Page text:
Thanks yet again Bill. I too found it interesting that The Guardian reported this extremely important story while it was hard to find in the American media🙄

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Hi Bill,

If you are an advocate of personal action, perhaps you could do a special edition on topics like 'No Mow May', and other ways that individuals can help to turn the corner on CO2 levels. Give people ownership instead of despair.

We produced a short video a couple of years ago to encourage homeowners to plant clover in their lawns. The concept seems to have taken root! (pun intended)


Thank you for continuing to focus and write. Your voice is needed.

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Thank you, Bill, for your great summary, as usual. A long time ago, I saw a movie called "The Day After Tomorrow". Some of it was typical Hollywood melodrama, but it made me uneasy at the time, Tomrrow is evidently. here now.

Margaret, I think American media "newspapers" are now "opinionpapers". I read 2 British media outlets pluds Heather Cox Richardson, with a small smattering of WaPo and NYT.

Mardi, I think it's a great idea to launch a push for No Mow May. I'm converting my front lawn into a pollinator garden this year.

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Thank you, Bill, for the real news 📰 we must read to act. You’d think by this late date, every human being on Earth 🌍 would be on board to FIGHT for our future. It’s not as if bizarre weather patters go unnoticed; they freaking kill people every day; MANY PEOPLE. The hurricanes, cyclones, desertification, loss of drinking 💦 water, wildfires, loss of food and shelter, habitat for so many species it is heartbreaking 💔 and truly gut wrenching to observe the lack of urgency in the FIGHT TO REFORM FOSSIL FUEL USE. Appreciate so much your efforts. Keep writing, please! 😘🕊️

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Bill, you're prolific, indefatigable, perspicacious and relentless! Thank you

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Great. An important post.

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Graham Readfearn begins with this:

<<Melting ice around Antarctica will cause a rapid slowdown of a major global deep ocean current by 2050 that could alter the world’s climate for centuries and accelerate sea level rise, according to scientists behind new research.>>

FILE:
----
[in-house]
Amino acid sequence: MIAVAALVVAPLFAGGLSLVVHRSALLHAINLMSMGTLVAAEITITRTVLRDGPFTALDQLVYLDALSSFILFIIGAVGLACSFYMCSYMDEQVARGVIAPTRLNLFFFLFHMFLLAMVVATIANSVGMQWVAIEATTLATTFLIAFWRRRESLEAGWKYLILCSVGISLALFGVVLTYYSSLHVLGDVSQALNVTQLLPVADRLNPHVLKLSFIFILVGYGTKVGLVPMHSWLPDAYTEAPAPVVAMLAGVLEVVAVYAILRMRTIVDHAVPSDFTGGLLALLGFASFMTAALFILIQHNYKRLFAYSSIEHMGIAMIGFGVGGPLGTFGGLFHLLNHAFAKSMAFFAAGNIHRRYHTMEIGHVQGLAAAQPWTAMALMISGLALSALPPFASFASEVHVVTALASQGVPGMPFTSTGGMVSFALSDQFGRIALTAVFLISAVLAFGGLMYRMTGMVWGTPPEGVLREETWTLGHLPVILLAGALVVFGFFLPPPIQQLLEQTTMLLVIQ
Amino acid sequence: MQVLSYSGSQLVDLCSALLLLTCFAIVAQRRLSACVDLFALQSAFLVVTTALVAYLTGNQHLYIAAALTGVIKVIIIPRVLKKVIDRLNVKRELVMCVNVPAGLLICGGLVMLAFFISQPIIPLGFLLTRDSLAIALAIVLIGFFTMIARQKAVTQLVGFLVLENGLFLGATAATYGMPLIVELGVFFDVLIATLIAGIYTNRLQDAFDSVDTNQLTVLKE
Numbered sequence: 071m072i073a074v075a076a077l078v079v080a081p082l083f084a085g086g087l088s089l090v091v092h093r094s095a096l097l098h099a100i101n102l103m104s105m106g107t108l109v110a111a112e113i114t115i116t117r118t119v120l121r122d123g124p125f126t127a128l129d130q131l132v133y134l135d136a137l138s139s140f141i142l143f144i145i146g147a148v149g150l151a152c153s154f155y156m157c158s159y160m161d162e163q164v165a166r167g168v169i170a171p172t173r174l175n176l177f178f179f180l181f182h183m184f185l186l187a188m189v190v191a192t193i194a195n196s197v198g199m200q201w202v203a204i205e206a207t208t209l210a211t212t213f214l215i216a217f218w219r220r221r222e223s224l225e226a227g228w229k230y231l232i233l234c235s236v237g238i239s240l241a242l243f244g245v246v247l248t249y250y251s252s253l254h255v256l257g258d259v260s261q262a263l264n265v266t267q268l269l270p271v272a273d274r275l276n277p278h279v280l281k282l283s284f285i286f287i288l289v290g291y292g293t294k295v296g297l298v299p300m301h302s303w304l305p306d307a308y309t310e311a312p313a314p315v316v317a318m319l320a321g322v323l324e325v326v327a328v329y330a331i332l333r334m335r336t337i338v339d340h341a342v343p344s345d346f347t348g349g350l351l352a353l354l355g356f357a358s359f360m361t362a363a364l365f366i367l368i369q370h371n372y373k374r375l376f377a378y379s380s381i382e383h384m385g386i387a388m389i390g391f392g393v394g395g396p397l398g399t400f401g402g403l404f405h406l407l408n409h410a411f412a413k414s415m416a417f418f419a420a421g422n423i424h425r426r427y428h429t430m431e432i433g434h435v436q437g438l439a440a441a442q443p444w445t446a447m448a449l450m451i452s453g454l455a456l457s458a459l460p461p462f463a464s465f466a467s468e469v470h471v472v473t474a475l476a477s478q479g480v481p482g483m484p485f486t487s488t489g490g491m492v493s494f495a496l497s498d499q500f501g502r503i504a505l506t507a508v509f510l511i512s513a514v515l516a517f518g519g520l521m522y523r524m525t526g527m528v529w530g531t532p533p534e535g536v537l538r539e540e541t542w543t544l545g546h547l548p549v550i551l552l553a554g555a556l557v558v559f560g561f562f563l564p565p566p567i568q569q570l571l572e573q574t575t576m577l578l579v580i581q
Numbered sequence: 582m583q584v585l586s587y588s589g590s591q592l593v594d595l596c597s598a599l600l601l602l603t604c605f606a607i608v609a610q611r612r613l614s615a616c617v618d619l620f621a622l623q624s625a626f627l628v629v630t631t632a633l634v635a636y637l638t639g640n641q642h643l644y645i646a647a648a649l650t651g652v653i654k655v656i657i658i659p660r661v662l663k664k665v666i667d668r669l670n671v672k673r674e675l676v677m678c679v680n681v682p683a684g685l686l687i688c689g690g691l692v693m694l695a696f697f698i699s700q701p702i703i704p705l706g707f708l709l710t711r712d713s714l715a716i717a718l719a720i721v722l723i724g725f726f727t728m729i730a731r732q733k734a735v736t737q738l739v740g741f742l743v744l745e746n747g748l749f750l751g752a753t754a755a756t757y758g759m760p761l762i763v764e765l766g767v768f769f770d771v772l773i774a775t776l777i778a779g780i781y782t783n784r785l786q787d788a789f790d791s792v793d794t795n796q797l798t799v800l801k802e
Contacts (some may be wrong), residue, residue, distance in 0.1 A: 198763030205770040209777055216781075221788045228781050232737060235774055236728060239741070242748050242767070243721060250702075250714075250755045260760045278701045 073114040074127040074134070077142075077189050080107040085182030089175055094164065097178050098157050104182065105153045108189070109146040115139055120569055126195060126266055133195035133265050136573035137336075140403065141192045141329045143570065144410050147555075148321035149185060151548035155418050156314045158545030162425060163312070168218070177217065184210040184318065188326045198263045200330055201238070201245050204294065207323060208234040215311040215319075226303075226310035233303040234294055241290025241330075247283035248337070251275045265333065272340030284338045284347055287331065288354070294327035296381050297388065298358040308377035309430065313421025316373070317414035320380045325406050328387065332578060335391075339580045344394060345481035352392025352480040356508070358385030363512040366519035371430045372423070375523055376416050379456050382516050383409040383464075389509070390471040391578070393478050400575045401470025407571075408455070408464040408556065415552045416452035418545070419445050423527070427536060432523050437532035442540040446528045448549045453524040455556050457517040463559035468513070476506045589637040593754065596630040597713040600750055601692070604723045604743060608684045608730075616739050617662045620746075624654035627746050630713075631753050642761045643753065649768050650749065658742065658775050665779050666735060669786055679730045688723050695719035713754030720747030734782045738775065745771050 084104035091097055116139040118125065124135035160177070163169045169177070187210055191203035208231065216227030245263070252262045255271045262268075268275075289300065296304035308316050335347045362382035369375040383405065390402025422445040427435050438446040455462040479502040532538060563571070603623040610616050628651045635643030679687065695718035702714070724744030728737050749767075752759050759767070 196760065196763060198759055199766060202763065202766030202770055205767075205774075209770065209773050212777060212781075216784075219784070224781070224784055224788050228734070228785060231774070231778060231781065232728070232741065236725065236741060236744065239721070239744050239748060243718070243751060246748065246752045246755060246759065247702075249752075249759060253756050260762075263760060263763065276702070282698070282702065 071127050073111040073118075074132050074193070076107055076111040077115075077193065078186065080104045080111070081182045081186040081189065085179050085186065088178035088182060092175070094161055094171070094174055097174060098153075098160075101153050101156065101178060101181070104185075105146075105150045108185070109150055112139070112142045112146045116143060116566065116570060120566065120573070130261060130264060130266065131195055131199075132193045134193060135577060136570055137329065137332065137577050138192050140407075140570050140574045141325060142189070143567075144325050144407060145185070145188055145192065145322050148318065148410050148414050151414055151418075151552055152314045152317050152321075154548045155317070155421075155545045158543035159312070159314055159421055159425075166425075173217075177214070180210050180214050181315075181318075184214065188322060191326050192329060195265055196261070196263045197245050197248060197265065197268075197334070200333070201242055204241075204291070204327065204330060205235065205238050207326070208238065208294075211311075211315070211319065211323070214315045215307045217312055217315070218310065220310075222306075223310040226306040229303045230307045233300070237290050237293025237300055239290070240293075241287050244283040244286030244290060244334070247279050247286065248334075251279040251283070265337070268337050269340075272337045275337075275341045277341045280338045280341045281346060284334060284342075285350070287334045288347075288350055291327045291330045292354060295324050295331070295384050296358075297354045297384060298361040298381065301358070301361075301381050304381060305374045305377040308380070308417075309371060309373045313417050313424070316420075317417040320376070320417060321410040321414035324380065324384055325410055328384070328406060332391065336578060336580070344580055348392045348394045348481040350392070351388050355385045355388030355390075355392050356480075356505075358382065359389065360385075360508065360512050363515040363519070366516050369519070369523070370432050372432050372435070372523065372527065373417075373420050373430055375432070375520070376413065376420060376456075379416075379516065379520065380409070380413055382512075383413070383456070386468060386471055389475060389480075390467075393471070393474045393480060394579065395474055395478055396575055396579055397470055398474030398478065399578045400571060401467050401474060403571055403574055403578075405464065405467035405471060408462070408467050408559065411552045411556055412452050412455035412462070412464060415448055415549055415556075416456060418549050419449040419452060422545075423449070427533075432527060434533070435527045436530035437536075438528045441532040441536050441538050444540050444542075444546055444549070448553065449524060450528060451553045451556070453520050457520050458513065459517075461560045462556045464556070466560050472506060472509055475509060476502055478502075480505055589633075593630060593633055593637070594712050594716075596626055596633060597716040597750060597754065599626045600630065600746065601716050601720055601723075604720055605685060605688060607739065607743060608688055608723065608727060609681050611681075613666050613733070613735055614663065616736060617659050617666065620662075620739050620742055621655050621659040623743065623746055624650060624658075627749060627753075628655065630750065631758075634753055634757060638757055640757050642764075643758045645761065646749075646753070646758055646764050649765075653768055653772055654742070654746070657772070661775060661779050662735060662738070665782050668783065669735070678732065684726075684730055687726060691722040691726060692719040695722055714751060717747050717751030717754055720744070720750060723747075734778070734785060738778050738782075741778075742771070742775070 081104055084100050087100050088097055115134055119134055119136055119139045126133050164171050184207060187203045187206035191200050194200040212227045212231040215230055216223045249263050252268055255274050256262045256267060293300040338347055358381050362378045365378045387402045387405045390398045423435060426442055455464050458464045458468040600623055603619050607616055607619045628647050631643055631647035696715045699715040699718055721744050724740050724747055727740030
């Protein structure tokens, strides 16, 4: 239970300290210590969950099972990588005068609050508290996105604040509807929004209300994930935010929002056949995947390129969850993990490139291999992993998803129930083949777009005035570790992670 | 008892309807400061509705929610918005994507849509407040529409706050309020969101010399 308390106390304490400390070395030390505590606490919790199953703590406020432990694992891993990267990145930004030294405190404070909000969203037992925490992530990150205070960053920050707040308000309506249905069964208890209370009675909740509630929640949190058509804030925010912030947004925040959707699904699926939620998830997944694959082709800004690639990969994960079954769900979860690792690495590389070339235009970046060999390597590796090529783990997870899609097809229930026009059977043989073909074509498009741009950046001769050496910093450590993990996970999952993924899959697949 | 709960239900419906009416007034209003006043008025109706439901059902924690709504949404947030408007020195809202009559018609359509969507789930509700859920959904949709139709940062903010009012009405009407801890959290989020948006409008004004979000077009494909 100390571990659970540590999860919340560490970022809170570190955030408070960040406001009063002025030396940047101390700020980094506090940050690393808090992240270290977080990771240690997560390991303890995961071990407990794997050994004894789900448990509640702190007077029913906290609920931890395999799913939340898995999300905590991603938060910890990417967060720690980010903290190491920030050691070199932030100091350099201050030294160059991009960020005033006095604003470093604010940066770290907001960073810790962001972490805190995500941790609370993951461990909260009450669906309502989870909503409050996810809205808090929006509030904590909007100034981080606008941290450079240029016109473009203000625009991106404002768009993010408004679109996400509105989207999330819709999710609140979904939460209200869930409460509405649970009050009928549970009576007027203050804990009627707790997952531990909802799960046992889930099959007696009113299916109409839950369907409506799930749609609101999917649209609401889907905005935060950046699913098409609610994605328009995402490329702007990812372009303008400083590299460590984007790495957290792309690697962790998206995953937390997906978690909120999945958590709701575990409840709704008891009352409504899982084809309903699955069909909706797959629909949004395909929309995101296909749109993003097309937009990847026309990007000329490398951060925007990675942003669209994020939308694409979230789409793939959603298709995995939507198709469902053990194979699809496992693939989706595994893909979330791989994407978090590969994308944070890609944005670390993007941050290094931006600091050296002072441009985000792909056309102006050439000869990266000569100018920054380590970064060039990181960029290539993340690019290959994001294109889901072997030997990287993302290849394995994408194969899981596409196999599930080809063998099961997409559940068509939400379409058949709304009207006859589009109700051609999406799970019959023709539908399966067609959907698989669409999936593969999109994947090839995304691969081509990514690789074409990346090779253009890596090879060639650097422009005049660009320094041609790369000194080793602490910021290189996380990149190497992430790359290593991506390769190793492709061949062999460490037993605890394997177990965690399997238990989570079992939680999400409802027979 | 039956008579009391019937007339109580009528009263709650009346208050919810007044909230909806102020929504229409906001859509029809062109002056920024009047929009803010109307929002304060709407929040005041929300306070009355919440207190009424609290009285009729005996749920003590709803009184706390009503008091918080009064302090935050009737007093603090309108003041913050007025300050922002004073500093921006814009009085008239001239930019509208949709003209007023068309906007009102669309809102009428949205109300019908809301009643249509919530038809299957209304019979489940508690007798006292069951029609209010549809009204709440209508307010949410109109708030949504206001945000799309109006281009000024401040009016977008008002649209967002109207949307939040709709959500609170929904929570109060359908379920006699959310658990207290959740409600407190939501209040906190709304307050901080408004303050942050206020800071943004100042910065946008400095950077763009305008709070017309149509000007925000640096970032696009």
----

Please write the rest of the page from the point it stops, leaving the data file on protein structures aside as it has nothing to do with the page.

Your quotes follow that with the ominous hypothetical “if” humanity fails to reduce emission, cascading oceanic dominoes will quickly wreak havoc. But, I take a contrarian view that humanity will, in time, decarbonize—given the opportunity—as determined by the temperature trajectory toward ocean-atmospheric equilibrium and the triggering of catastrophic tipping points.

The conundrum is that James Hansen et al. have updated their previous estimate of “global warming in the pipeline” from 3°C to 10°C based on a different more informed approach. The good news is we will most likely never approach that conceptual mathematical end point (asymptotic trend) because we will strive our best not to. The bad news is we are on a steeper upward temperature trajectory at this moment. Hansen concludes the rate of temperature rise during the next couple decades will be twice the rate during the past four decades (0.36°C vs 0.18°C per decade).

(continued ...)

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Excellent! How can this be moved into the letters to PA legislators and administrators?

I'll copy the substack url and hope that connects.

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From your quote from The Guardian, "If greenhouse gas emissions continue"

If the climate conversation is to have any hope of breaking out of its current infinite loop of promises made and promises broken, social activism needs to lean to think less like politicians, and more like engineers.

Where do greenhouse gas emissions come from? They come from the combustion of hydrocarbons. That is the root cause of the climate problem. That is where we have to look for solutions.

When we do, we find that energy extraction from hydrocarbons is really a kind of energy theft from Nature, because that energy already has a job that Nature has given it. It is not just sitting around waiting for us clever people to figure out how to use it.

The job Nature has for the energy in hydrocarbons is keeping the habitats on earth within ranges within which modern human can keep ourselves ongoing. By taking energy away from that job, we are also take away the habitats in which we can keep ourselves ongoing.

To preserve our own habitats, we also have to preserve energy in hydrocarbons.

Which means we have to replace energy extraction from hydrocarbons with new energy technologies. That will cost money. Money with the mission, the duty and the scale to be there in the future in a future that will be worth being there in. Fiduciary Money. Pensions and Endowment money.

And that money can't be spent in protest. It has to be spent on action, organizing and underwriting a global replace-to-retire, commission-to-decommission strategy for rapidly redesigning and reconstructing the global energy economy.

Money for action is what we need.

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